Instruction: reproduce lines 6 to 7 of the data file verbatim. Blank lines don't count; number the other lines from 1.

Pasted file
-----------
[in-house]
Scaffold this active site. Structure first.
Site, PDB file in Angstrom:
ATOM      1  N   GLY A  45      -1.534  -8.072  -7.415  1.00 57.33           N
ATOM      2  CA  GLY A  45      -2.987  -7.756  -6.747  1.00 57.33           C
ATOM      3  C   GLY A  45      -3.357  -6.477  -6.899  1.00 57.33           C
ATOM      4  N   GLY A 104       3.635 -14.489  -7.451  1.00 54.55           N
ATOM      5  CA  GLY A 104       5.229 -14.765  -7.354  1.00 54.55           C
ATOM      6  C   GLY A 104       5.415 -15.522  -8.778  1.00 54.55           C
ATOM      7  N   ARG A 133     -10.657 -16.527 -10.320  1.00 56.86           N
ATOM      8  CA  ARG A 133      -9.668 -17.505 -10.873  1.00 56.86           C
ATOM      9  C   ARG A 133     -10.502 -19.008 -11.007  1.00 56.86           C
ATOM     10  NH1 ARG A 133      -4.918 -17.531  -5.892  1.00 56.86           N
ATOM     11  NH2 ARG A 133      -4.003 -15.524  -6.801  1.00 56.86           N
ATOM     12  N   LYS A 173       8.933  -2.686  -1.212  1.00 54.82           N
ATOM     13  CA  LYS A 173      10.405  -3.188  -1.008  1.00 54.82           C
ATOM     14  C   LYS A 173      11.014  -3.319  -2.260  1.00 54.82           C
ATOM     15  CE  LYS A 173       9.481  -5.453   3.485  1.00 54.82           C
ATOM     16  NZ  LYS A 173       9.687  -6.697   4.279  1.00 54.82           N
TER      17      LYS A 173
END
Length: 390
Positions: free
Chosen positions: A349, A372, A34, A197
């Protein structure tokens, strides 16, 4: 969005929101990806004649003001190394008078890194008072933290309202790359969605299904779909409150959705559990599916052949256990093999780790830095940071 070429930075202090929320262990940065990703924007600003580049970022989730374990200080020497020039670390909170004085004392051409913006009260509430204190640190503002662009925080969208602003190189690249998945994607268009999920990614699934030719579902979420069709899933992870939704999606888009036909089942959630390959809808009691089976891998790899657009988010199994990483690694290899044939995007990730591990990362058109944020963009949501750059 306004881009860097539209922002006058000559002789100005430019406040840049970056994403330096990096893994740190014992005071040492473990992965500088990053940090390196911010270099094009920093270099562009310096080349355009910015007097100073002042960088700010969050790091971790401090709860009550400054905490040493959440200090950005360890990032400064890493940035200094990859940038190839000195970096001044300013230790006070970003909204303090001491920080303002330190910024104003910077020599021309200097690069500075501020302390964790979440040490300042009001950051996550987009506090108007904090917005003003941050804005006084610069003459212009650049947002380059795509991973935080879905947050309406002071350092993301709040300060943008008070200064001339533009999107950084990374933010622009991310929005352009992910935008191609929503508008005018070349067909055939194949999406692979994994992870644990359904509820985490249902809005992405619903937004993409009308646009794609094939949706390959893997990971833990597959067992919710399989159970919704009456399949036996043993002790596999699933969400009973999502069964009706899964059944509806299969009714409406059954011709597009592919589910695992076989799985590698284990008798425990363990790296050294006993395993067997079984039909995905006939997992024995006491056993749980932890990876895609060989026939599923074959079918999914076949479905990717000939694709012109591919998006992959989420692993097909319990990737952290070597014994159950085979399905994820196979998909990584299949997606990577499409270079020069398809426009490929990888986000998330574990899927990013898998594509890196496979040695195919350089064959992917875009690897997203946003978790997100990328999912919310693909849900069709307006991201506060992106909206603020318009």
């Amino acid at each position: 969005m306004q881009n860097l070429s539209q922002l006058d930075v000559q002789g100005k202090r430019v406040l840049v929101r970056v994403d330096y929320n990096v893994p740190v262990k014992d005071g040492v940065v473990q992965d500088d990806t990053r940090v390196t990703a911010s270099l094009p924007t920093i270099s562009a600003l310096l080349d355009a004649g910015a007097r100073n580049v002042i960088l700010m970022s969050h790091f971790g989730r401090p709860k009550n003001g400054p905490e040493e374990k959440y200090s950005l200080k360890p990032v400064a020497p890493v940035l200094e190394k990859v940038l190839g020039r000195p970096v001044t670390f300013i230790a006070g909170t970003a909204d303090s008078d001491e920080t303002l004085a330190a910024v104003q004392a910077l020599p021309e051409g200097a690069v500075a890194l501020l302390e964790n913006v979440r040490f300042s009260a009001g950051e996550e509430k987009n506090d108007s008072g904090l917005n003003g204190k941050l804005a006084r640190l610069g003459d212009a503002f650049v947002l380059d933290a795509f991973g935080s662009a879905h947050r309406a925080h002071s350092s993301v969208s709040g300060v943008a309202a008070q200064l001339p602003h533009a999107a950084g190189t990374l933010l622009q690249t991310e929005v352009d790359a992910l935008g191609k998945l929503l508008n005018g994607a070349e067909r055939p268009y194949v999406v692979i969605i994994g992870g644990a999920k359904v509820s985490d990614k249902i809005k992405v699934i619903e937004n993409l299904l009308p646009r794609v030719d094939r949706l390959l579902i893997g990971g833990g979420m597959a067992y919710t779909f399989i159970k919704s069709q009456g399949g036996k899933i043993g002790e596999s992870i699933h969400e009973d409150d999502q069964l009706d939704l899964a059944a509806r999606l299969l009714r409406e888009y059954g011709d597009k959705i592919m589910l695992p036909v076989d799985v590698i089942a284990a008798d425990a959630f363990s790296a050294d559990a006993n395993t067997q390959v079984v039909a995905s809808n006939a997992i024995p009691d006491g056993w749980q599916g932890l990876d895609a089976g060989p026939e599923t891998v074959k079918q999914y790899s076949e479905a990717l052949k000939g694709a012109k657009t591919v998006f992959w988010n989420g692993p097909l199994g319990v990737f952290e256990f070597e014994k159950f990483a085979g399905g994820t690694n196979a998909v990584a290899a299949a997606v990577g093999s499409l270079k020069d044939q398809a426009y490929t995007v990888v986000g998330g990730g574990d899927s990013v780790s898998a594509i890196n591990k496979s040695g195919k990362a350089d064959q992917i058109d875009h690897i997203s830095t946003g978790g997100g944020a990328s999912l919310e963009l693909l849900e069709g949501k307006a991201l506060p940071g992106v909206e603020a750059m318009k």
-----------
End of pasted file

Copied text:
ATOM      3  C   GLY A  45      -3.357  -6.477  -6.899  1.00 57.33           C
ATOM      4  N   GLY A 104       3.635 -14.489  -7.451  1.00 54.55           N